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I have two edge cuts $A,B$. An edge cut is a set of edges, whose removal from $G$ makes the graph disconnected (there exist some vertices $x,y$ such that there's no path connecting them). I need to prove, that the symmetric difference of those two sets is too an edge cut. Let $Z=(A \cup B)/(A \cap B)$

So there are a couple of cases to consider.

  1. $|A \cap B|=0$, then obviously the symmetric difference is an edge cut.

  2. $G-Z$ is disconnected, so it is an edge cut.

  3. $G-Z$ is for some reason connected. That would mean, that for every $x,y$ there exists a path between those two vertices, an it goes through some edges in $A \cap B$. An there probably lies a contradiction here somewhere, but where exactly I do not know...

This exercise is from one of the old exams I'm doing in preparations for my exam next week. Is there any possibility, that the exercise is just wrong? I mean take a look at this drawing.enter image description here

$1$ shows edge cut $A$, that separates the middle left vertex, $2$ shows edge cut $b$ that separates two bottom vertices from the left, and $3$ is their symmetrical difference that hardly does anything.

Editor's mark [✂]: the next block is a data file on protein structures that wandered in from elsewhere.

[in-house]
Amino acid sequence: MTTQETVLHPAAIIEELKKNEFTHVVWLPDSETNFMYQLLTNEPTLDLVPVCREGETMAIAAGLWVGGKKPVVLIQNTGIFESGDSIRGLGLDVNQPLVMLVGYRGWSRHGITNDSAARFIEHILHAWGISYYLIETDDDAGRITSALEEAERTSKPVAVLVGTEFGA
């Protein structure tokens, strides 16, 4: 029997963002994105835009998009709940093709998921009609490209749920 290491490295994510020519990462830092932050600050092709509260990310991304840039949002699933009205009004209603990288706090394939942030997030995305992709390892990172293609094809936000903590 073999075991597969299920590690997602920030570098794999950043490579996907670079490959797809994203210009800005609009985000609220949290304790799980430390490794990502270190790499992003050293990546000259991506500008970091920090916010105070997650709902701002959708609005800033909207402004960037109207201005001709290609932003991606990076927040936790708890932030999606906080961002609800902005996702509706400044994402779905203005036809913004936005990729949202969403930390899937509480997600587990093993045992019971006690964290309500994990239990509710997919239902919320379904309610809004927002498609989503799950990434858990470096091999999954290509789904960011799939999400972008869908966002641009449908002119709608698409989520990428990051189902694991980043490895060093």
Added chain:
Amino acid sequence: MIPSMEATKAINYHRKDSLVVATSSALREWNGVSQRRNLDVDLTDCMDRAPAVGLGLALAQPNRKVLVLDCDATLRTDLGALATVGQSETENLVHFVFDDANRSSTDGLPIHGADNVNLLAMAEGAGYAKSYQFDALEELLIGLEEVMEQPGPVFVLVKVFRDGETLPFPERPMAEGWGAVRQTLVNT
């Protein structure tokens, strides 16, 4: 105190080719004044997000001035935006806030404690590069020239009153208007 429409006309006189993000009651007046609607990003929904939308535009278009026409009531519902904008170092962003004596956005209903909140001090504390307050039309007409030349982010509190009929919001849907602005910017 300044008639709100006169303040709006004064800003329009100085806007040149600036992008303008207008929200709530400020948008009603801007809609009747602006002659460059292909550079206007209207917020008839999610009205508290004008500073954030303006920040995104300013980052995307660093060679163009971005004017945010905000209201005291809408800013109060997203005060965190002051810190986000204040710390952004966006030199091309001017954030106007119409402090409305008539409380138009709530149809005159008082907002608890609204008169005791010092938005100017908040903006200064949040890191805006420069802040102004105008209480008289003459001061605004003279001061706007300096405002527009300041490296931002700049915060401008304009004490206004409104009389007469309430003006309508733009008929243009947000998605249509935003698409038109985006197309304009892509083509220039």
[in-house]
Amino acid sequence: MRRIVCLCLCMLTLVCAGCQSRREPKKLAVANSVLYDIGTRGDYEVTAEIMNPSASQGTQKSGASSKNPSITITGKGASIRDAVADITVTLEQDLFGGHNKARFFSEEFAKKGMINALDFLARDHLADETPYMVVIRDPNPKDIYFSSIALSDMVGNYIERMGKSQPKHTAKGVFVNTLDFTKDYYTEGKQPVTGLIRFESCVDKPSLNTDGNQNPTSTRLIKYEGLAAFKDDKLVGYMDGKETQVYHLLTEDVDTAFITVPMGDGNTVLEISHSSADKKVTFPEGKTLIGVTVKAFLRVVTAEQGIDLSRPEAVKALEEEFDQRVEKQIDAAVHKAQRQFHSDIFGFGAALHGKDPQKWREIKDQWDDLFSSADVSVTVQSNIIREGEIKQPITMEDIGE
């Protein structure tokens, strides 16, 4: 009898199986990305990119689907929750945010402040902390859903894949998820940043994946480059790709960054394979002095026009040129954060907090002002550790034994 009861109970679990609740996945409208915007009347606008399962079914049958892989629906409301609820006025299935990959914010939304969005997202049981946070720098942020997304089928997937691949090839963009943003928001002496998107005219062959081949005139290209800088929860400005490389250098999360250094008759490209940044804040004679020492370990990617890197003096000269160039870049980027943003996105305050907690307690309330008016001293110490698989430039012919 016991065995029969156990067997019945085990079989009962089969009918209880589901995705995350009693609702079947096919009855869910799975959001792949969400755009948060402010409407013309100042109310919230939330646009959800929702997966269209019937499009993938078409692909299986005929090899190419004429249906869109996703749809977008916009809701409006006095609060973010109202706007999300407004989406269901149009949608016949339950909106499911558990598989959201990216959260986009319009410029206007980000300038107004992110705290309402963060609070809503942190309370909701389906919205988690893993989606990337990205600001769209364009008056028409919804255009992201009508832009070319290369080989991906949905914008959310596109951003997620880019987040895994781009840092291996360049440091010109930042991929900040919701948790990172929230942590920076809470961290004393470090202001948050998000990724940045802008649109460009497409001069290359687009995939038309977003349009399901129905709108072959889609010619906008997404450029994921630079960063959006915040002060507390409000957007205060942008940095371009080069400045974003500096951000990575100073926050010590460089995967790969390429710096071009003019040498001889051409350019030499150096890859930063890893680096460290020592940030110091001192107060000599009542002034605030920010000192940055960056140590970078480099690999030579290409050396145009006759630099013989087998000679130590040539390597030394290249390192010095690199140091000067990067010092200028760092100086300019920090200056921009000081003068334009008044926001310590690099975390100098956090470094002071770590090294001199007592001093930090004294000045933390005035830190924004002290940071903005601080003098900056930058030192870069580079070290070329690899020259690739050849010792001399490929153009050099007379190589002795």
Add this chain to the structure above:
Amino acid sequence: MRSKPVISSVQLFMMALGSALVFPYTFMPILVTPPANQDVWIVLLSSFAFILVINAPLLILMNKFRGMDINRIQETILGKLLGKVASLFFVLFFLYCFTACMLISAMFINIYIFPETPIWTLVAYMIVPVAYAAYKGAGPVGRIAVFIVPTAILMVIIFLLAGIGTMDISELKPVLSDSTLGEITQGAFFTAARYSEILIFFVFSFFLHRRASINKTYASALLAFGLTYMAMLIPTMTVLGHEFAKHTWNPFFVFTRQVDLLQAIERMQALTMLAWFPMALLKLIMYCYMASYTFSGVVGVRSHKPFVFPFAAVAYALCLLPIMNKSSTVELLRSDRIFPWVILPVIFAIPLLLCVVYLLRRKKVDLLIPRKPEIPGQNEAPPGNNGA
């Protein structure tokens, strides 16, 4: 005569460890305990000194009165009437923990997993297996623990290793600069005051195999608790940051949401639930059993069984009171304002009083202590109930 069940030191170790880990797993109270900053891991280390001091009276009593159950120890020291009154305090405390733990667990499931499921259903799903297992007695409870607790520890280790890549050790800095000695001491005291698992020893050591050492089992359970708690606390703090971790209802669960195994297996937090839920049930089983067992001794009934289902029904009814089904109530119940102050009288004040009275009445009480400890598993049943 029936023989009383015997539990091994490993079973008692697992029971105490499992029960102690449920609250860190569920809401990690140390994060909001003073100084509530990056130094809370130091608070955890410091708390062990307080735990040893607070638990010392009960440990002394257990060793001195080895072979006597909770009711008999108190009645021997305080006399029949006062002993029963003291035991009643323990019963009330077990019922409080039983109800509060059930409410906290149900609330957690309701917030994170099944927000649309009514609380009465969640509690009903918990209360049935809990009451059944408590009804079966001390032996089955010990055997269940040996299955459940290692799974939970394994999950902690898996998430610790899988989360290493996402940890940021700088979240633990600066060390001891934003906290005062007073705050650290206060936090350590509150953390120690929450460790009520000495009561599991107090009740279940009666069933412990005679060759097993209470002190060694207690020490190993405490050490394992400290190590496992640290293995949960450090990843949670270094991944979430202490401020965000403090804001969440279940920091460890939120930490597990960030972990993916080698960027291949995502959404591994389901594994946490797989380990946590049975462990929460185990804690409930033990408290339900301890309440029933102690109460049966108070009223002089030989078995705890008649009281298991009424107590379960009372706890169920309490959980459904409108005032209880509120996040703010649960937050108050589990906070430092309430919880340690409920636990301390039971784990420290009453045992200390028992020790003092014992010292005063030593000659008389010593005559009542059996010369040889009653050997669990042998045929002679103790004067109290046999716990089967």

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    $\begingroup$ I think you're counterexample is right, so the theorem can't be true. Isn't there some other condition on $A$ and $B$? $\endgroup$
    – Ragnar
    Feb 6, 2014 at 14:32
  • $\begingroup$ It just says that $A,B$ are cuts, nothing more, and that $G$ is an undirected graph (which doesn't do any difference). $\endgroup$ Feb 6, 2014 at 14:33
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    $\begingroup$ In that case I think the exercise is wrong, although it is from an exam, so maybe there is something I'm missing. Found the problem, see my answer. $\endgroup$
    – Ragnar
    Feb 6, 2014 at 14:39

1 Answer 1

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I found the problem: An edge cut isn't simply a set of edges whose removal makes the graph disconnected. An edge cut is the following:
Take a subset $A\subset V(G)$ of the vertices of $G$. Then, the edge cut $\delta(A)$ is the following: $$ \delta(A)=\{uv\in E(G)|u\in A,\, v\not\in A\} $$ In your first example, the middle-left vertex is the set $A$. The second example isn't an edge cut, because the point in the upper left is still connected to the point in the middle-left place, which wouldn't be possible if it was an edge cut. I found the explanation and the answer at problem $6$ here.

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